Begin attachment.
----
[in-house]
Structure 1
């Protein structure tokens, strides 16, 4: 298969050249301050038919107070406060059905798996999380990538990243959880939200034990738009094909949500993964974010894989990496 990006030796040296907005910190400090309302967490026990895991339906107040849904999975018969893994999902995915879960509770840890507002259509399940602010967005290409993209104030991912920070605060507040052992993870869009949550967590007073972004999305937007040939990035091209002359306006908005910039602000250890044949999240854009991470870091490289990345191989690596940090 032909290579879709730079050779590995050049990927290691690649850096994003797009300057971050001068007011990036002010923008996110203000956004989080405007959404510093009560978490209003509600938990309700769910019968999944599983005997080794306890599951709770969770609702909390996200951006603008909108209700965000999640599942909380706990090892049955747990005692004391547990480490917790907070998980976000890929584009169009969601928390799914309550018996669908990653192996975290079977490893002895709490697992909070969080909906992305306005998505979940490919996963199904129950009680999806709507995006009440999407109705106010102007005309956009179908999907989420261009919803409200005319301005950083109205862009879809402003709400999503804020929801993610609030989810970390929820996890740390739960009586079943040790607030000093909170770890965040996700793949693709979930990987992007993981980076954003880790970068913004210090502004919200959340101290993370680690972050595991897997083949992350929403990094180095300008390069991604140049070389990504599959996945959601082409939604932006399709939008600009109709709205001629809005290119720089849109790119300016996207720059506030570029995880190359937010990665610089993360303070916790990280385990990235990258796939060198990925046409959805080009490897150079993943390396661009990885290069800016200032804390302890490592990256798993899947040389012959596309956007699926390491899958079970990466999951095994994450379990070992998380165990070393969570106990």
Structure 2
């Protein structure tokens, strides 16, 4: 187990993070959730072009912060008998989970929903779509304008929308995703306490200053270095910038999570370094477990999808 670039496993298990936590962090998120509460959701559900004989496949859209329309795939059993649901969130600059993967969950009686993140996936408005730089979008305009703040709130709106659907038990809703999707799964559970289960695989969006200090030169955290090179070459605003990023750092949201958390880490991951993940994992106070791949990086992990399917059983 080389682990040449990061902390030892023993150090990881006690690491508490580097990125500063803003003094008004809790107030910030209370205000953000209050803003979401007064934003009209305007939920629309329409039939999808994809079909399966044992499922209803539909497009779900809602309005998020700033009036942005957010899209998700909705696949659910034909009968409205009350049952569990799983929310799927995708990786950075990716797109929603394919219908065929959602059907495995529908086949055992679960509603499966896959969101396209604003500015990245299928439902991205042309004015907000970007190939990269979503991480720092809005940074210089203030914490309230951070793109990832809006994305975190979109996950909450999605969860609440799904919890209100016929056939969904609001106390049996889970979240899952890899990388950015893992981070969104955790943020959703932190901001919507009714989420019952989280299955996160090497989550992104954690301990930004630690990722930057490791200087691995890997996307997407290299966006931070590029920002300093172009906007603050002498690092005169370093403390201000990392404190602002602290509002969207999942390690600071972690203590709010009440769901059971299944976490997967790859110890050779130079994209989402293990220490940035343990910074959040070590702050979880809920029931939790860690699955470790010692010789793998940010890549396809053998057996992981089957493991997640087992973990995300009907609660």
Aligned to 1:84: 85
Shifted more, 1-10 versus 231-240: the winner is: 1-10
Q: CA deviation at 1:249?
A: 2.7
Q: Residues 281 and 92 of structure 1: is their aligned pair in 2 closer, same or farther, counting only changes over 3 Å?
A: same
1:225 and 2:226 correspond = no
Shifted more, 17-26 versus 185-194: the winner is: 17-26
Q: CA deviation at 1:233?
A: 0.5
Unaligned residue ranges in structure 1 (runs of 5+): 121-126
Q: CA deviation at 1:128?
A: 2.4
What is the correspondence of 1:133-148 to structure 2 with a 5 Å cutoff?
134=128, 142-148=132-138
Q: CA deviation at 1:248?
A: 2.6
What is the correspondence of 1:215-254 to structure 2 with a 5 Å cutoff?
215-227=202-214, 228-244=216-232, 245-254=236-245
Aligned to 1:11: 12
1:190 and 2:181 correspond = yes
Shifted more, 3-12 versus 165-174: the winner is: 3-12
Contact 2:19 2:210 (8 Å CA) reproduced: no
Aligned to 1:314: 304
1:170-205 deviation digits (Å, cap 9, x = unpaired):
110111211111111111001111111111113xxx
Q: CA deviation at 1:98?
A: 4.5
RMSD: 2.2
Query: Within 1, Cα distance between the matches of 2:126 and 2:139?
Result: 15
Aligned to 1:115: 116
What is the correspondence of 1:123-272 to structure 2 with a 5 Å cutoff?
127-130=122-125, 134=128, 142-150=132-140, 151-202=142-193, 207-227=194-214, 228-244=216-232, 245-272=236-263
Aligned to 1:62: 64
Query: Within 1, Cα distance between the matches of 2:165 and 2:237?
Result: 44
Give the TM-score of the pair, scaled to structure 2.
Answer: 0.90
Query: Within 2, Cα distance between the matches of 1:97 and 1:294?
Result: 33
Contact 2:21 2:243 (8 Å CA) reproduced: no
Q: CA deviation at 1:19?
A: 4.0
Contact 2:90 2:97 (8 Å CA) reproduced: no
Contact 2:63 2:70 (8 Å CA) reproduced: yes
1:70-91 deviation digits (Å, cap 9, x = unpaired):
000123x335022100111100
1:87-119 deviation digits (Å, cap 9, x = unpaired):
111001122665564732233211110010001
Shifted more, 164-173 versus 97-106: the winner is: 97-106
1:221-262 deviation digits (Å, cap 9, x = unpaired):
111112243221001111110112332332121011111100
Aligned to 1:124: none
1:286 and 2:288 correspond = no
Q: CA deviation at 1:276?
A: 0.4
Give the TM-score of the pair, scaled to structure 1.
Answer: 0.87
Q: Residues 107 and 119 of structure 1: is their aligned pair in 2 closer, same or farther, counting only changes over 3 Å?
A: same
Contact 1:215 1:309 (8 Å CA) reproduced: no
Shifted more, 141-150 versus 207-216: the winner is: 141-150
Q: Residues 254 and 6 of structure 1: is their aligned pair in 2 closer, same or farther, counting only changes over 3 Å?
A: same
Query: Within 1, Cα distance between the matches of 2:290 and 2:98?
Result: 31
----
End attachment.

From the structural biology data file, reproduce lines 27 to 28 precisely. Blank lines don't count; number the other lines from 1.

Shifted more, 3-12 versus 165-174: the winner is: 3-12
Contact 2:19 2:210 (8 Å CA) reproduced: no